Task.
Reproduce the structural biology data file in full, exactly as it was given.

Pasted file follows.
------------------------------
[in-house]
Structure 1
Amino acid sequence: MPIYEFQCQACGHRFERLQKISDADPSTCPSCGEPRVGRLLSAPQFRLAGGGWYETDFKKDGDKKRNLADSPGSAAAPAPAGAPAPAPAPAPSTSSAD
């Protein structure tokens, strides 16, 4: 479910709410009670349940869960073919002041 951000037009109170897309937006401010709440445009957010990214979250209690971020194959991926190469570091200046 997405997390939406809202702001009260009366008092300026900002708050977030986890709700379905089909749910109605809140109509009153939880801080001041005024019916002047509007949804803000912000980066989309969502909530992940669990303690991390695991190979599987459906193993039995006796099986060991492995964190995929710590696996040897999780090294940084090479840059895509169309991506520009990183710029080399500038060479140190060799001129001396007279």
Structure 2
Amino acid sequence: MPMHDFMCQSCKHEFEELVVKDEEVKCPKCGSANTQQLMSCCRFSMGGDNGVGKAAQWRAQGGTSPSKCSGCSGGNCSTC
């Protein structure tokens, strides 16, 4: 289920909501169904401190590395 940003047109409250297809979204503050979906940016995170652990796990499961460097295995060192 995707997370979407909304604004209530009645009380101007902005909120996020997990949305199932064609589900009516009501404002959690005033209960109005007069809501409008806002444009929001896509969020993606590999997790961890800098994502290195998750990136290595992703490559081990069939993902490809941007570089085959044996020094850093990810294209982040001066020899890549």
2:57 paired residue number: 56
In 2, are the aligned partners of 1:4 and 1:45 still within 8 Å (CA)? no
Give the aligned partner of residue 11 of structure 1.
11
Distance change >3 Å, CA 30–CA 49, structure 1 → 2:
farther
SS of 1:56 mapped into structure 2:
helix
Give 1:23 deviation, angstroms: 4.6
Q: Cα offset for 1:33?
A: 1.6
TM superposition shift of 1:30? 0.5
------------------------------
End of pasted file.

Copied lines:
[in-house]
Structure 1
Amino acid sequence: MPIYEFQCQACGHRFERLQKISDADPSTCPSCGEPRVGRLLSAPQFRLAGGGWYETDFKKDGDKKRNLADSPGSAAAPAPAGAPAPAPAPAPSTSSAD
């Protein structure tokens, strides 16, 4: 479910709410009670349940869960073919002041 951000037009109170897309937006401010709440445009957010990214979250209690971020194959991926190469570091200046 997405997390939406809202702001009260009366008092300026900002708050977030986890709700379905089909749910109605809140109509009153939880801080001041005024019916002047509007949804803000912000980066989309969502909530992940669990303690991390695991190979599987459906193993039995006796099986060991492995964190995929710590696996040897999780090294940084090479840059895509169309991506520009990183710029080399500038060479140190060799001129001396007279």
Structure 2
Amino acid sequence: MPMHDFMCQSCKHEFEELVVKDEEVKCPKCGSANTQQLMSCCRFSMGGDNGVGKAAQWRAQGGTSPSKCSGCSGGNCSTC
């Protein structure tokens, strides 16, 4: 289920909501169904401190590395 940003047109409250297809979204503050979906940016995170652990796990499961460097295995060192 995707997370979407909304604004209530009645009380101007902005909120996020997990949305199932064609589900009516009501404002959690005033209960109005007069809501409008806002444009929001896509969020993606590999997790961890800098994502290195998750990136290595992703490559081990069939993902490809941007570089085959044996020094850093990810294209982040001066020899890549």
2:57 paired residue number: 56
In 2, are the aligned partners of 1:4 and 1:45 still within 8 Å (CA)? no
Give the aligned partner of residue 11 of structure 1.
11
Distance change >3 Å, CA 30–CA 49, structure 1 → 2:
farther
SS of 1:56 mapped into structure 2:
helix
Give 1:23 deviation, angstroms: 4.6
Q: Cα offset for 1:33?
A: 1.6
TM superposition shift of 1:30? 0.5